Modelling Overview

Why did we model? What did we hope to achieve?

We generated mathematical models of our DNA-based system, our protein-based system, and the effects associated with the implementation of our diagnostic device on a human population. The aim of our models was to better understand our systems and improve them to become more feasible in practice.

We also created a piece of software, which highlights the versatility of our device – by changing some of the DNA sequences (particularly the cleavage sites and output), our device can be used to detect various diseases. Our software aims to make it easier for other groups to use our diagnostic for other diseases.

What techniques did we use for modelling?

We employed numerous modelling techniques and equations to most accurately assess our systems. These include mass action and Michaelis-Menten kinetics; sensitivity analyses; parameter scans; stochastic modelling; and SIR and vector epidemiological modeling. Please follow the links below to see more detailed explanations of our models and to try out our software!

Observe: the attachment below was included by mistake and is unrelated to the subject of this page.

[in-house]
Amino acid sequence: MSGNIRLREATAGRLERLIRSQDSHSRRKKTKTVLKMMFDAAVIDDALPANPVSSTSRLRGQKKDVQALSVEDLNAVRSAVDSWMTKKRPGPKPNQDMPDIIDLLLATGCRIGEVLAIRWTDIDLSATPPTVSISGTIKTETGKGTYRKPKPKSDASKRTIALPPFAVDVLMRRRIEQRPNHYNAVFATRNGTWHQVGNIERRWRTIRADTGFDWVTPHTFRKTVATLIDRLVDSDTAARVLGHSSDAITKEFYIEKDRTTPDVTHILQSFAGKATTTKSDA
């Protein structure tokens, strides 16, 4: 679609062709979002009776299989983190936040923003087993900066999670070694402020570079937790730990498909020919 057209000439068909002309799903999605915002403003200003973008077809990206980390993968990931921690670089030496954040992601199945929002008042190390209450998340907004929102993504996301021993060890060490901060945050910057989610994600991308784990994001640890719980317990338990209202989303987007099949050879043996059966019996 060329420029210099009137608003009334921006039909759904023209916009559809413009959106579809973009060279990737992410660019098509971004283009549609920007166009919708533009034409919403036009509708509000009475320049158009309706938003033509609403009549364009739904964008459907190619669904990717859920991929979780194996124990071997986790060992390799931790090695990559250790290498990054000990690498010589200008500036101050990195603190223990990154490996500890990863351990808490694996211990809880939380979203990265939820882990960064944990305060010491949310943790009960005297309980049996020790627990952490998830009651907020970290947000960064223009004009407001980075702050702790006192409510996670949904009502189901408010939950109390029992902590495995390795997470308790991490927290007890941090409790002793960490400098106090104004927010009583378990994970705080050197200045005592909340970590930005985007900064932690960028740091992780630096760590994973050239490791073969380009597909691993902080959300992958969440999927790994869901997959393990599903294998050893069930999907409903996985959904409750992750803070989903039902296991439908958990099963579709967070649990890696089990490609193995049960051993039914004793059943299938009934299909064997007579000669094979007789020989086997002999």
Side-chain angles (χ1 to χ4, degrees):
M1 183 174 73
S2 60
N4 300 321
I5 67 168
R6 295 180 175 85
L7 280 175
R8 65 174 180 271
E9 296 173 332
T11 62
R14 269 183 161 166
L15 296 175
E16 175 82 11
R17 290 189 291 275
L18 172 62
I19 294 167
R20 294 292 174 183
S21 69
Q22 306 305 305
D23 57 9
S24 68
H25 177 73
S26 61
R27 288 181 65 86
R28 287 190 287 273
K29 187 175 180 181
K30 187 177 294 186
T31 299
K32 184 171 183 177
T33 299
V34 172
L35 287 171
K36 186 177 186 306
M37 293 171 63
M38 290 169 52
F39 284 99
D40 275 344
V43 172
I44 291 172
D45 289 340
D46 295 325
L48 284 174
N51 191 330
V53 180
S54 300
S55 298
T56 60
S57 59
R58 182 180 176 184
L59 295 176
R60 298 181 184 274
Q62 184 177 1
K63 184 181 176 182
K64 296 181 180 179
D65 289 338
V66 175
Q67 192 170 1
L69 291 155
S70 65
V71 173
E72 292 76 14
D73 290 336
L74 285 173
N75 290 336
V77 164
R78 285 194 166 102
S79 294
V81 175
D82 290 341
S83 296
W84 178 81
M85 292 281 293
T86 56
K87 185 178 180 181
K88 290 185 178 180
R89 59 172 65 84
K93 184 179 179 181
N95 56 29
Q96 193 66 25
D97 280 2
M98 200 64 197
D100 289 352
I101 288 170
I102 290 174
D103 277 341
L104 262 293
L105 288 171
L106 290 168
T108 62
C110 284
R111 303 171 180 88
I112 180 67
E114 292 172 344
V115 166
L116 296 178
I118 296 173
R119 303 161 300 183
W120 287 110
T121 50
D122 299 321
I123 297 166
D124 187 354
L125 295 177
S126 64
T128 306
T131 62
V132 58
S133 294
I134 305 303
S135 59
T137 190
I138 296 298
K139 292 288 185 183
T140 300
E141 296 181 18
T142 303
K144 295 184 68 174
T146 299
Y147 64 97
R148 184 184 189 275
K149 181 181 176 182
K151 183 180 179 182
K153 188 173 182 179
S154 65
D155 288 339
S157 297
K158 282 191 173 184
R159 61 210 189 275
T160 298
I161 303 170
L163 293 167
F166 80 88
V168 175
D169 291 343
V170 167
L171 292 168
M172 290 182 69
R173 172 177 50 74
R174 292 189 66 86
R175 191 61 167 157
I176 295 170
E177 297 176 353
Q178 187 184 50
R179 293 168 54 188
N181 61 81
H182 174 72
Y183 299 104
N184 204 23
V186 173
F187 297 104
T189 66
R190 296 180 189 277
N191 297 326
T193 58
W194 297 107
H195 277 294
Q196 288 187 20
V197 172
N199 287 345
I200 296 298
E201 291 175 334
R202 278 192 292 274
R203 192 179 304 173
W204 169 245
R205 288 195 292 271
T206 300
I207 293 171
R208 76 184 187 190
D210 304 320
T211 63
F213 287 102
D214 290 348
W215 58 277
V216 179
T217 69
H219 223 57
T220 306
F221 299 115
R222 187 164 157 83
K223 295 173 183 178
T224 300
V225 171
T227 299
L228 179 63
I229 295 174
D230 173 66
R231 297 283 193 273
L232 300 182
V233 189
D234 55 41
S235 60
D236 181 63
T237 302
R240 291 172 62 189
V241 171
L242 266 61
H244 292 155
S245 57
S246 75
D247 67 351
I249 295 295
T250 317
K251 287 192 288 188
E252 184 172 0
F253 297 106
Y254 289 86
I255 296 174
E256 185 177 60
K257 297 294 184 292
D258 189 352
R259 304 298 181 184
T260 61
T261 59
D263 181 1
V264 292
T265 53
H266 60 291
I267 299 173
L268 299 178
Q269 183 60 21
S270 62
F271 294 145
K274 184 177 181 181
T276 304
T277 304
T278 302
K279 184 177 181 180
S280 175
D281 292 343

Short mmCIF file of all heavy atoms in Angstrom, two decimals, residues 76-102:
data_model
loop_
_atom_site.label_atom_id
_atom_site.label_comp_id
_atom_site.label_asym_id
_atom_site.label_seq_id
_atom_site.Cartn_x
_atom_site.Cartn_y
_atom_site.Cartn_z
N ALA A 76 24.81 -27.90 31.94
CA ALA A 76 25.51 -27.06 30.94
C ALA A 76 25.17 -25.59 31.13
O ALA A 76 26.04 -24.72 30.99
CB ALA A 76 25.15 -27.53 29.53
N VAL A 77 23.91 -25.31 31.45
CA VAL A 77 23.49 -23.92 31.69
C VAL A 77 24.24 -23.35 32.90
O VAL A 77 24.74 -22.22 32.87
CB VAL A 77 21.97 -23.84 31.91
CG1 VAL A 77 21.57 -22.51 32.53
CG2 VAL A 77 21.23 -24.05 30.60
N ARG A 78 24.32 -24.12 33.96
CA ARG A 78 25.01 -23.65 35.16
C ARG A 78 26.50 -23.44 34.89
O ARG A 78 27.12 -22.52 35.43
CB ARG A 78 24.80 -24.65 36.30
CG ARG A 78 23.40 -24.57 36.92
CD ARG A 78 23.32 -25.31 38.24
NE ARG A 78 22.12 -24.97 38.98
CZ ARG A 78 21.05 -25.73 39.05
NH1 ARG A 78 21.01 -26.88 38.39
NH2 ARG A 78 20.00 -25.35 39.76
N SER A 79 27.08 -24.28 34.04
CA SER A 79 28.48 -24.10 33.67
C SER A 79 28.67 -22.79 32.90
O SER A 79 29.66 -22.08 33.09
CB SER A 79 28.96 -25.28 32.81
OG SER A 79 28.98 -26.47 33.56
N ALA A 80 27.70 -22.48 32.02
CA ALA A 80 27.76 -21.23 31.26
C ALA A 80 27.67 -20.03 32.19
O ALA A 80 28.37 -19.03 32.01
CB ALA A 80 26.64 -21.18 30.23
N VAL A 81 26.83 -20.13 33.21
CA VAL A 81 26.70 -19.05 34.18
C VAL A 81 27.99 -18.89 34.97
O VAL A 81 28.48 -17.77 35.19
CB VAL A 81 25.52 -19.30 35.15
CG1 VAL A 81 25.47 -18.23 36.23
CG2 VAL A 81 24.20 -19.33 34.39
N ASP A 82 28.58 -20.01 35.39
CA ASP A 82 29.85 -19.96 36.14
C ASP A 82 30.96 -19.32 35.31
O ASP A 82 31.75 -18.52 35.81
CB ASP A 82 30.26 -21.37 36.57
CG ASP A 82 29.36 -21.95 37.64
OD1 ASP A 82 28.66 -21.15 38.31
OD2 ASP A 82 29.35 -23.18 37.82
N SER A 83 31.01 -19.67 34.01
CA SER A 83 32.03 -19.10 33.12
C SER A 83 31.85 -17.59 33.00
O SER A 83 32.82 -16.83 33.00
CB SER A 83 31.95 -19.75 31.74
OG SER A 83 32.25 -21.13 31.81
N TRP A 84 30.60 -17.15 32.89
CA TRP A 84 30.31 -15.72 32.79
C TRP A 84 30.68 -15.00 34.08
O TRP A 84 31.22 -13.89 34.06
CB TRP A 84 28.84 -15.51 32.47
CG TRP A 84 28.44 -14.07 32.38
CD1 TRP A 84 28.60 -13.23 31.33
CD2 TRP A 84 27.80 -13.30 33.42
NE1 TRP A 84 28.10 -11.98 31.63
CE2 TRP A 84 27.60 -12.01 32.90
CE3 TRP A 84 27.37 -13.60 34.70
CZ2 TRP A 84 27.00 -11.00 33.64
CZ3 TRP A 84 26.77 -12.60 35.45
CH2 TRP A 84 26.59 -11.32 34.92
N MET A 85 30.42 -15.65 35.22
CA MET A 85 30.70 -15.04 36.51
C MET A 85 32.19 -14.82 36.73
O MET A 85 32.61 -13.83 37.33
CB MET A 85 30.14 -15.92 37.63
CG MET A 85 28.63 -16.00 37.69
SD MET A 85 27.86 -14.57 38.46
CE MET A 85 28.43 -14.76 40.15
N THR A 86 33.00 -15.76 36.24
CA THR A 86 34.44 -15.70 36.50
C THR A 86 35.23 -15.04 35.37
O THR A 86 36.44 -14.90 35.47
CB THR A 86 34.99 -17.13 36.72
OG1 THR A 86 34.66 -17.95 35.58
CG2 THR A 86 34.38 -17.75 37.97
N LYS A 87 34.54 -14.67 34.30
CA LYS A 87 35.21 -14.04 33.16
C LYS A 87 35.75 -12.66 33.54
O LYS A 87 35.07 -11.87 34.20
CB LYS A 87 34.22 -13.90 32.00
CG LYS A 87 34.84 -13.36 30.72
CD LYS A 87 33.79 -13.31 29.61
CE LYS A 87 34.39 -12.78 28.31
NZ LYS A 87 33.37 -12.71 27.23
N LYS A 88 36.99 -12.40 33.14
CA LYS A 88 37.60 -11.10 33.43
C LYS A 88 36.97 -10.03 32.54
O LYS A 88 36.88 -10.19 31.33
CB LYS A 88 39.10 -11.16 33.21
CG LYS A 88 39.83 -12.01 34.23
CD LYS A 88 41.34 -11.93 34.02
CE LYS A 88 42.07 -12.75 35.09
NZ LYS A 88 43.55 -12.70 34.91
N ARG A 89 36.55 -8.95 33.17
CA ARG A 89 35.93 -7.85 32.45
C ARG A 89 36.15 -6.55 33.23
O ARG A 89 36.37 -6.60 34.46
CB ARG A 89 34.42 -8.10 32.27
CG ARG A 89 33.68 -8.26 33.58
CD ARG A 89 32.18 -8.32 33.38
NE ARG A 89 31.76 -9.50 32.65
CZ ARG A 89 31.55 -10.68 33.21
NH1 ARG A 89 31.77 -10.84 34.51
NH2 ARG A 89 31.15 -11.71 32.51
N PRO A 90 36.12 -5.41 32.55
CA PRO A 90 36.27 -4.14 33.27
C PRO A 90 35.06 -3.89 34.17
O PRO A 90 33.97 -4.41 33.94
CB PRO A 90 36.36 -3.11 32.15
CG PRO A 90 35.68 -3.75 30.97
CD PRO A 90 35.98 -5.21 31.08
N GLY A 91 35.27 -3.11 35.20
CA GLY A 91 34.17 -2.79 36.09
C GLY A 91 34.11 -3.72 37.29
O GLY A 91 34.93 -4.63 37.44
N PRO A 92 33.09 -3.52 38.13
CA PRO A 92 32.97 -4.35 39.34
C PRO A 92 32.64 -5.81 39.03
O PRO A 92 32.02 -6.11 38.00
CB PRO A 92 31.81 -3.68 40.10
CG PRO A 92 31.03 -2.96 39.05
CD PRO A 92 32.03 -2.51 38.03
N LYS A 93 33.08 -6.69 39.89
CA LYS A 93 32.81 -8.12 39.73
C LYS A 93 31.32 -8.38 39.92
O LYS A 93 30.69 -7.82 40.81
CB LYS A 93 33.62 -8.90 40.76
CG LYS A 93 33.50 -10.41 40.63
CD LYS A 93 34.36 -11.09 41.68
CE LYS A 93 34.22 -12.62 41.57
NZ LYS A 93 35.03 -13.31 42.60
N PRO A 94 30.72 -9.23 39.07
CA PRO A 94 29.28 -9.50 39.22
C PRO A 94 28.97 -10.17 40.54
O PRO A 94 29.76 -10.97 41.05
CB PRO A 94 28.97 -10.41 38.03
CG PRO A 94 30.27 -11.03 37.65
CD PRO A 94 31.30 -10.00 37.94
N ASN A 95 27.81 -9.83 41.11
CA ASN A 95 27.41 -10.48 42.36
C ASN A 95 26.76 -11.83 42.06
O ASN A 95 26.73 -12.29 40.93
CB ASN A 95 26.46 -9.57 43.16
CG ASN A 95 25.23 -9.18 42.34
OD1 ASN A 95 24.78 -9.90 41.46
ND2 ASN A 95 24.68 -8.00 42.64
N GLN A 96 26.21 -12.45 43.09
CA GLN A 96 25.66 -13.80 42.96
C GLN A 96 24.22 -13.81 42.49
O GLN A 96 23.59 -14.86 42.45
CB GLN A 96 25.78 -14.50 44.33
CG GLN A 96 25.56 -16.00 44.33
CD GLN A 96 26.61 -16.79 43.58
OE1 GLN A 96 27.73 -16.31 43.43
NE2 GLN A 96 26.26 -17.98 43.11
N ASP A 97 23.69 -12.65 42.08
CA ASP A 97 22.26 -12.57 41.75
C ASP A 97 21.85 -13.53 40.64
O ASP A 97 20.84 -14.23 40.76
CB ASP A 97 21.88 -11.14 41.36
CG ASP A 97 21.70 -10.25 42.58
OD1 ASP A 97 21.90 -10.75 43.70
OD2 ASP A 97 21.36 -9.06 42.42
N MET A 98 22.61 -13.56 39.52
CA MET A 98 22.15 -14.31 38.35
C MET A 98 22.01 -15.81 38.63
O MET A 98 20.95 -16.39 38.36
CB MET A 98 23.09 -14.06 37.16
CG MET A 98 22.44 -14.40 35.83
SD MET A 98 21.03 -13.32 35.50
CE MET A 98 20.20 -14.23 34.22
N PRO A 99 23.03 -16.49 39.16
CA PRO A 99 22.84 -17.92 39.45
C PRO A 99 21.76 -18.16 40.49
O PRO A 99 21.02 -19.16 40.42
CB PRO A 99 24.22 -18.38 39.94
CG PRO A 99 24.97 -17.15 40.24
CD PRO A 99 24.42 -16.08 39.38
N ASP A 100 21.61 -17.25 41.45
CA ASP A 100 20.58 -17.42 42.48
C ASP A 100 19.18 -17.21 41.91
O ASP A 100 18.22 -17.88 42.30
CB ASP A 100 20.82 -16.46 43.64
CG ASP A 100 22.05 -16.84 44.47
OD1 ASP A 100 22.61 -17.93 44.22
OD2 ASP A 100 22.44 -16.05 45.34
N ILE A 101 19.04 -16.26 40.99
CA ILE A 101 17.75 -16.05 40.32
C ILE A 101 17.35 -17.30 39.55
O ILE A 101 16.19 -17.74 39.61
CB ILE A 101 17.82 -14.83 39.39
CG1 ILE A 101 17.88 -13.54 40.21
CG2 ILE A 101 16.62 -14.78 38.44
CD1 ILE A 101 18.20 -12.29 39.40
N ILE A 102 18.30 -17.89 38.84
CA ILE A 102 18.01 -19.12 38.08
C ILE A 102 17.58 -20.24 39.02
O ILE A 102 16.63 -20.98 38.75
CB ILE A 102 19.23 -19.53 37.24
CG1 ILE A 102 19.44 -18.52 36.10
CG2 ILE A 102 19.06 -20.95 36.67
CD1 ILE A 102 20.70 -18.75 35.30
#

How is our model integrated with the rest of our project?

Our modelling was closely interlinked with the rest of our project: it greatly informed and was informed by our design, wet lab work, and human practices. Some examples include:

  • The epidemiological modeling confirmed that focusing our project and device on the diagnosis of congenital Chagas disease can have a profound impact on the levels of the disease in a population. It also informed our applied design and contributed to our decision to make a Chagas public health poster.
  • The modelling of our DNA-based system led us to confirm the need for a strong ribosome binding site (RBS) to minimize false negatives
  • We communicated with experts in blood clotting, Dr Scott Diamond and Professor Mike Laffan. They provided incredibly important information that enabled us to model the output of our device and modify our design accordingly.
  • DNA-based system models with a hirudin output indicated to us that we would need an amplification step to limit false negatives: instead of producing hirudin in response to cruzipain, we decided to produce TEV protease, which can cleave multiple molecules of already-present, inactive hirudin.
  • In our efforts to create a complex and accurate epidemiological model, we consulted experts in the field, including Professor Mike Bonsall.
  • When designing our protein-based system parts, we decided to tag our fusion proteins with sfGFP so future experimental data could better inform our modelling, for example with respect to efficiency of protein transport to the outer membrane. Unfortunately, however, we encountered difficulties with the cloning of some of our OMV-targeted proteins and were unable to include experimental parameters in our models.

For more detail, please look at the specific modelling pages!